In time of crisis, do we want a leader who offers courageous leadership, or one who cautions “we should be worried?”
Early on, during the American Revolution, one of our greatest naval heroes, John Paul Jones, found himself and his ship, the Bon Homme Richard, in dire peril. Locked in battle with the much larger British ship, the HMS Serapis, Jones, his ship in flames and near sinking was taunted to surrender by the British captain. His reply: “I have not yet begun to fight!” He didn’t say, “Oh, I don’t know, maybe we should be worried.”
The United States Constitution says “all bills for raising revenue shall originate in the House of Representatives”. What exactly does that mean? It means that when it comes to raising and spending money, the House must begin the process. Why? Because at the time of the framing of the Constitution, the founders deemed that it was the House that was closest to the people since it was directly elected by the people.
The Senate was elected by the respective state legislatures until the passage of the 17th Amendment in 1913 gave the power to elect senators directly to the people. The President then and to this day is not elected by the people directly, but rather by the members of the Electoral College.
And so the signers of the Constitution, believing that the one body elected directly by the people would be most understanding of, and responsive to, the will of the people gave the House control over the nation’s purse strings.
That has not changed. The House is still closest to the people as its members are elected every two years, not every six as are Senators. It is the House, not the President, not the Senate, which is responsible for initiating all bills having with raising and spending money.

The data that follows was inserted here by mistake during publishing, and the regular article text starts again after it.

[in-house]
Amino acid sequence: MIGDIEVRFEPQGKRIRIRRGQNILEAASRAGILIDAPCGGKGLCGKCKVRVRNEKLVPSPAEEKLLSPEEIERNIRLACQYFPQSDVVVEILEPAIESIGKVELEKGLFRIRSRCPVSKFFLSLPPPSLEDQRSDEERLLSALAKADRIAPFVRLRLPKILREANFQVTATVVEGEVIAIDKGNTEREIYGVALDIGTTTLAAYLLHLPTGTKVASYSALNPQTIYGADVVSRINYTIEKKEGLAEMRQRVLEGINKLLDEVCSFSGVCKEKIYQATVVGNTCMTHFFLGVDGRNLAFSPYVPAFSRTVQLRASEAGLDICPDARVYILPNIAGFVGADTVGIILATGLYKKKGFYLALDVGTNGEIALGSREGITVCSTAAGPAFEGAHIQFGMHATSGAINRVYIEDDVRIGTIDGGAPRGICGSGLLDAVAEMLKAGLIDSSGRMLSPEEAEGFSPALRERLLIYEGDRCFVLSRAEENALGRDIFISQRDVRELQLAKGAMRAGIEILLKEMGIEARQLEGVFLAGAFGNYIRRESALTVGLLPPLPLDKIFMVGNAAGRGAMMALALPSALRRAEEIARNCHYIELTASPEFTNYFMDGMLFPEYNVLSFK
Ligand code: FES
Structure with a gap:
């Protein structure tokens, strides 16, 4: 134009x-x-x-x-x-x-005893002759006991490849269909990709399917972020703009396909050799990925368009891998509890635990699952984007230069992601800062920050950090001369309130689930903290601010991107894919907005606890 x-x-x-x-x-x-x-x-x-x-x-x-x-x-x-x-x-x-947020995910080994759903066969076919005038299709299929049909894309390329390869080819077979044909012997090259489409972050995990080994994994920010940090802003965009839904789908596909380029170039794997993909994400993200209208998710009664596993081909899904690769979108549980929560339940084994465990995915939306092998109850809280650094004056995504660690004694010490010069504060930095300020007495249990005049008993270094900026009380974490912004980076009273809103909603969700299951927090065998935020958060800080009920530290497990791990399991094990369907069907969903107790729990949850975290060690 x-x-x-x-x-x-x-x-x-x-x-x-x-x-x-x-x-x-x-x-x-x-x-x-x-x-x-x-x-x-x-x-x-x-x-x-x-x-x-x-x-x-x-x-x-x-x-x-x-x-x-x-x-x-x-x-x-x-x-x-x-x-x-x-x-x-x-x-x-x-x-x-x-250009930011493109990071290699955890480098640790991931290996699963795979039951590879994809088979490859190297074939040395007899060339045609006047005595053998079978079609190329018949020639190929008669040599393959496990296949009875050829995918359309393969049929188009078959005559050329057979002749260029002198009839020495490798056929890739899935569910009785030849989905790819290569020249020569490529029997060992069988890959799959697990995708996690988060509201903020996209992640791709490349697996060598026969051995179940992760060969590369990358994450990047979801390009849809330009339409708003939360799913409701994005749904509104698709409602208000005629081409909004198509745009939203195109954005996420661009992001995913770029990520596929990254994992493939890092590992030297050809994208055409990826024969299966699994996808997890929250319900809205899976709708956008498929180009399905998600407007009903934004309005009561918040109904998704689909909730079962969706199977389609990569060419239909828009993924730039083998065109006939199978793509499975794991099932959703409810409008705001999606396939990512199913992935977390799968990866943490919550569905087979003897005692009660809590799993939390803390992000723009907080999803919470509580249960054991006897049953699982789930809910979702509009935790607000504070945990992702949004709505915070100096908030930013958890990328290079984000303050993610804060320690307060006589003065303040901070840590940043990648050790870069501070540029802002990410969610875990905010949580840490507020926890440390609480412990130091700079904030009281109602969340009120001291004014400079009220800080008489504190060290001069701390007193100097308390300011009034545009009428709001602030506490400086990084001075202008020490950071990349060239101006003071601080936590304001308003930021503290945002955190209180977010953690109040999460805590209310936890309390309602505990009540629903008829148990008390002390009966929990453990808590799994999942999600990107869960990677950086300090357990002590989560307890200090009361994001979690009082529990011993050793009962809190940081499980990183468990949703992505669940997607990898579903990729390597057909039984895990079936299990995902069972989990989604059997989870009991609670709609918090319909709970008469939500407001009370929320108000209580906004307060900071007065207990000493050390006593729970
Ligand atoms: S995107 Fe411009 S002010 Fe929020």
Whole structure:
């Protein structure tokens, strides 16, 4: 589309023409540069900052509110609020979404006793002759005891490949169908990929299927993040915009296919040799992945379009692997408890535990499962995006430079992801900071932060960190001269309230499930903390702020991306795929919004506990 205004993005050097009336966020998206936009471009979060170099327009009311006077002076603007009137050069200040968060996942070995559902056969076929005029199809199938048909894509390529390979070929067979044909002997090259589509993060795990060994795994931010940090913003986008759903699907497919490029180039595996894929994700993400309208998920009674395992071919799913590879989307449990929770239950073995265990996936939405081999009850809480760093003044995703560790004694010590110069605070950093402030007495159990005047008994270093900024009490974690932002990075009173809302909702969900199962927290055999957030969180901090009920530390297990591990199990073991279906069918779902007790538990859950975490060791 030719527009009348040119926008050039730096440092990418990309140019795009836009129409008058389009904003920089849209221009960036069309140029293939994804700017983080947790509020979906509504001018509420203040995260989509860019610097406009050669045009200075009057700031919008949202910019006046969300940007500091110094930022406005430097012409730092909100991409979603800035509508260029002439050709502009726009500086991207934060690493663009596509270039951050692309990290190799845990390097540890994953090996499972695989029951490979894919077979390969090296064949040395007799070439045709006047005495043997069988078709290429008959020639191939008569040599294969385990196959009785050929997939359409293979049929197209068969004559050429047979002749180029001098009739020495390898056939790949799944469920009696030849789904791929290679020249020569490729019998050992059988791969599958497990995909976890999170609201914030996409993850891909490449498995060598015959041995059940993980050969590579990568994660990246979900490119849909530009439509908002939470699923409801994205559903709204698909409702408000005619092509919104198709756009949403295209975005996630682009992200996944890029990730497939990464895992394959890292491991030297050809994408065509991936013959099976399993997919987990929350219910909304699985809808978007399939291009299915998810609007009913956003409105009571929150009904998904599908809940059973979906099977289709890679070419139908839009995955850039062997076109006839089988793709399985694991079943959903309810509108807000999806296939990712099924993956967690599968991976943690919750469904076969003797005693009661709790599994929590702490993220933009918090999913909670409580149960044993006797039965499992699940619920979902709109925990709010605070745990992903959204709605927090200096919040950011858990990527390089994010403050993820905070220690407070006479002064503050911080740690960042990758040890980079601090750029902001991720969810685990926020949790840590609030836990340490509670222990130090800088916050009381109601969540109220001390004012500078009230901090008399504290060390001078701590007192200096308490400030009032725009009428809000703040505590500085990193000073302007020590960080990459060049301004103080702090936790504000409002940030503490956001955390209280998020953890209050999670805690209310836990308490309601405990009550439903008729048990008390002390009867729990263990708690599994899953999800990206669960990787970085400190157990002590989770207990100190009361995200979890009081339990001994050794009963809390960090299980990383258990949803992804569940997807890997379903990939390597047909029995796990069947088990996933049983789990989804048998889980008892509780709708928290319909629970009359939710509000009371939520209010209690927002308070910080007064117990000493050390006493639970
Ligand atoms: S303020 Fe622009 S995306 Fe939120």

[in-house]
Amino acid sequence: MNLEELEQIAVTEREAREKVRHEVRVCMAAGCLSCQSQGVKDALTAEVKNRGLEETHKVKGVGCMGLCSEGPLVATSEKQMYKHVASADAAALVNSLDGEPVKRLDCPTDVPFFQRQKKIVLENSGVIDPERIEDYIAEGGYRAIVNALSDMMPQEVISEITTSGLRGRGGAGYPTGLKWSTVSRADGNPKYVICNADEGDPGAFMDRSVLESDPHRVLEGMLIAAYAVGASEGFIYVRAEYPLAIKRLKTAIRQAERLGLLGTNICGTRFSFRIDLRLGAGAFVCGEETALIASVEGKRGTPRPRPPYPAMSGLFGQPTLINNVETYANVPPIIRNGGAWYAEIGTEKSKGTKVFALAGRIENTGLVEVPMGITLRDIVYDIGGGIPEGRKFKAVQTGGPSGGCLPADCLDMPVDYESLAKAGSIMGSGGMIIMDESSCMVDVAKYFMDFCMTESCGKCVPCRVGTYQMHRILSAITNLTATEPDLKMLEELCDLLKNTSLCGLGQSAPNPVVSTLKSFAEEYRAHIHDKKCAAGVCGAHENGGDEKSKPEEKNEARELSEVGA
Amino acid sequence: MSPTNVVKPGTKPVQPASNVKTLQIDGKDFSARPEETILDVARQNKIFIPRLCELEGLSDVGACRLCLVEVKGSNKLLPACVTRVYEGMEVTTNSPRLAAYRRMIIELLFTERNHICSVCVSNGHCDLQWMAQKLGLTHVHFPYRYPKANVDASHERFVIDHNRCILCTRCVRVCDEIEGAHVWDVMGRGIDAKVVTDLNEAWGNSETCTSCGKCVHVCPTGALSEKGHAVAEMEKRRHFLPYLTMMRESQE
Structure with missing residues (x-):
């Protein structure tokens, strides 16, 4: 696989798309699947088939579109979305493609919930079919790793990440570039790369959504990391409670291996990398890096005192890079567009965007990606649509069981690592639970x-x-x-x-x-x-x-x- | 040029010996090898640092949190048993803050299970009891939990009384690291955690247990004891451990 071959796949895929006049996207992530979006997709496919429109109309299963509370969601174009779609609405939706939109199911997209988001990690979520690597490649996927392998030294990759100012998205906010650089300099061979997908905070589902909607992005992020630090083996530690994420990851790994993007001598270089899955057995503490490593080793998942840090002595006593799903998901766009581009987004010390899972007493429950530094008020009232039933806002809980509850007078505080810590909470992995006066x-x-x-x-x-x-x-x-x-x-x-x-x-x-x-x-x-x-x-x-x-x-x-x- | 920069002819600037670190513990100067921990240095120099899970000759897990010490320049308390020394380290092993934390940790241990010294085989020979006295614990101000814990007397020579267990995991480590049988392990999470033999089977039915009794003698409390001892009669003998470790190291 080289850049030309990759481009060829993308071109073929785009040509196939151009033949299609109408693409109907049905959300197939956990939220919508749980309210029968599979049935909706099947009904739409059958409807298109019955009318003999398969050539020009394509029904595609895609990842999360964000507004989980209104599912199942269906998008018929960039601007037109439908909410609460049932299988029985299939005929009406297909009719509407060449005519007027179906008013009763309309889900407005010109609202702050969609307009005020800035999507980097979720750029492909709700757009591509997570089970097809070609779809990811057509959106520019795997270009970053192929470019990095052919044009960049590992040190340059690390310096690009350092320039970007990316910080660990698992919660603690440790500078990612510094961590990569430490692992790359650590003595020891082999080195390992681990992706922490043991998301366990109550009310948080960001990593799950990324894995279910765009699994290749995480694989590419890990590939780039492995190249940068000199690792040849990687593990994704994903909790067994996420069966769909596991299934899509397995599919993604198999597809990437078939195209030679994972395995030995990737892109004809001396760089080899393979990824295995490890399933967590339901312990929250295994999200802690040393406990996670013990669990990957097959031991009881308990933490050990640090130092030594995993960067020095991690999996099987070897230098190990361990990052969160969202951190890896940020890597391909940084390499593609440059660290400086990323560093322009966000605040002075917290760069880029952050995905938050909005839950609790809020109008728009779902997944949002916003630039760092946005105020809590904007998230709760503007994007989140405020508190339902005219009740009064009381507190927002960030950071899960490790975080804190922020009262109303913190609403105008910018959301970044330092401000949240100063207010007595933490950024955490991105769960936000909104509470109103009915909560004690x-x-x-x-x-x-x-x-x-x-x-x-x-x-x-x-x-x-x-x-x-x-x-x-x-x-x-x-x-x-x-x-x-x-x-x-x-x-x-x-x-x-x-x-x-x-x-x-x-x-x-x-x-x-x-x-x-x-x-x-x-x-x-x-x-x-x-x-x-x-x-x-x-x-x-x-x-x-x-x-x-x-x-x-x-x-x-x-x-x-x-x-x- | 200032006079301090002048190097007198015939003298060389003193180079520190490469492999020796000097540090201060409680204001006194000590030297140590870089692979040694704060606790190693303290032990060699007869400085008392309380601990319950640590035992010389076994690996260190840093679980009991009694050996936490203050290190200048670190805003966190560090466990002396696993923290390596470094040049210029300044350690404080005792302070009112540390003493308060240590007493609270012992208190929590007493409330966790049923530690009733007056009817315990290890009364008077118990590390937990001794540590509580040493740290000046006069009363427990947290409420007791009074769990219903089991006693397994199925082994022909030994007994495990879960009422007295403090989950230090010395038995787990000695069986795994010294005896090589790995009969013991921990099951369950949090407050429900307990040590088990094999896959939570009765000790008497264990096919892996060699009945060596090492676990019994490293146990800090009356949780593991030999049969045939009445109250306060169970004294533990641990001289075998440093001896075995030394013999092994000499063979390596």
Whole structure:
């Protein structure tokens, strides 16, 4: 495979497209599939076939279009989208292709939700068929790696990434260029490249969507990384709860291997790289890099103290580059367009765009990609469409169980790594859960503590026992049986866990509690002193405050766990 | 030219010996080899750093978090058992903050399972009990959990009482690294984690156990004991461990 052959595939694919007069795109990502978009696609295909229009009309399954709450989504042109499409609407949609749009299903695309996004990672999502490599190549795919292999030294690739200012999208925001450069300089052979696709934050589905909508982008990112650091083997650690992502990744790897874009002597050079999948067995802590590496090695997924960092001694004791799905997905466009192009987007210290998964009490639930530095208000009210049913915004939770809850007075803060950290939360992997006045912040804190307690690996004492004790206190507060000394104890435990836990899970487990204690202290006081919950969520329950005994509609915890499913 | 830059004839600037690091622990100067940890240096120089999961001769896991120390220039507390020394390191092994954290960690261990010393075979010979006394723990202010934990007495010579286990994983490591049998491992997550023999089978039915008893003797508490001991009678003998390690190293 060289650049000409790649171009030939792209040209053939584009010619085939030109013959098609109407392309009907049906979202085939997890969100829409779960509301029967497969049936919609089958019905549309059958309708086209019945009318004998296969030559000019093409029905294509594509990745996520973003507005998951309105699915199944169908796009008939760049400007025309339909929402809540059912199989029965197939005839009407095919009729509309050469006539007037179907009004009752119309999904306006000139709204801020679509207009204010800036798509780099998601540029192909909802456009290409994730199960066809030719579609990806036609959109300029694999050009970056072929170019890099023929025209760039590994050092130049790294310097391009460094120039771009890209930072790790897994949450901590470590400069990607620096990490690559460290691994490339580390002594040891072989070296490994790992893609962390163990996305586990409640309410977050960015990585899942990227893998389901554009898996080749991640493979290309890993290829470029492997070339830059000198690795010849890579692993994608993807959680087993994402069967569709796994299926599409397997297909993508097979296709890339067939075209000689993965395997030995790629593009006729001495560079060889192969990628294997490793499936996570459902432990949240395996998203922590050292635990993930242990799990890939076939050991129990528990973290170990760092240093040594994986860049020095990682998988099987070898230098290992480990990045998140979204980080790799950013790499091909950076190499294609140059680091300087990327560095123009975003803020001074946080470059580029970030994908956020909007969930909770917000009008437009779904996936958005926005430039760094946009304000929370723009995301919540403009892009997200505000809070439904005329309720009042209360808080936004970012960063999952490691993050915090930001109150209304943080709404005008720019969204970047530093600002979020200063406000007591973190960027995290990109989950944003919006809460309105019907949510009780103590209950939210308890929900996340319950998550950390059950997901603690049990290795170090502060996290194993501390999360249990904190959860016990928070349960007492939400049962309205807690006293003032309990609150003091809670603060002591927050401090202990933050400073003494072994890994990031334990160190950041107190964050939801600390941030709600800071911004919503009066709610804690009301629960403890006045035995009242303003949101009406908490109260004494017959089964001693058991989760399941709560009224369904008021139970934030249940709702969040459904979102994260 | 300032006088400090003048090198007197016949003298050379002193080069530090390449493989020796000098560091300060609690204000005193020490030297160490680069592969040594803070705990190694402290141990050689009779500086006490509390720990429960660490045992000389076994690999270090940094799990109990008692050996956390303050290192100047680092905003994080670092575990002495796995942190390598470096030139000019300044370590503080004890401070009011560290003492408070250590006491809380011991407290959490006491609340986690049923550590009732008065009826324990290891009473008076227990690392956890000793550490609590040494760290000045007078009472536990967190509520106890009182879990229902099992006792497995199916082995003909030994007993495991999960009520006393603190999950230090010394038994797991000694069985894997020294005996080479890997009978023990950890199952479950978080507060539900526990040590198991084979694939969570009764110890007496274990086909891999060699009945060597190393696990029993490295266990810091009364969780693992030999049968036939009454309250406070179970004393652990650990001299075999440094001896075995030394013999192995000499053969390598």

But is there not, you might ask, a provision in the Constitution that says, “If the President urgently believes that certain specific financial measures are necessary for the proper conduct of the Government, shouldn’t the House appropriate such funds as the President so desires?”
Of course not! The entire theme of the division of powers lies at the heart of the foundation of our country. When the Constitution was ratified one of the provisions that made America so unique is that the President cannot dictate to the House and the Senate what they should do.
They have to act together. That is the essence of our system; checks & balances, compromise, working together for the common good.
Compromise was evident time and again throughout the four months of debate and discussion that preceded the adoption of our Constitution. One of the first major differences of opinion, and one quintessentially recognized by any student of the history of the Constitution, was between the larger states and the smaller over how legislative representation should be allocated. As we all know, this was resolved by what is sometimes called the “Great Compromise” of the Convention. The constitution created a bicameral legislature, two bodies with different means of selecting their members. In the House of Representatives population is the determiner, but in the Senate each state is represented equally with two members, regardless of its population.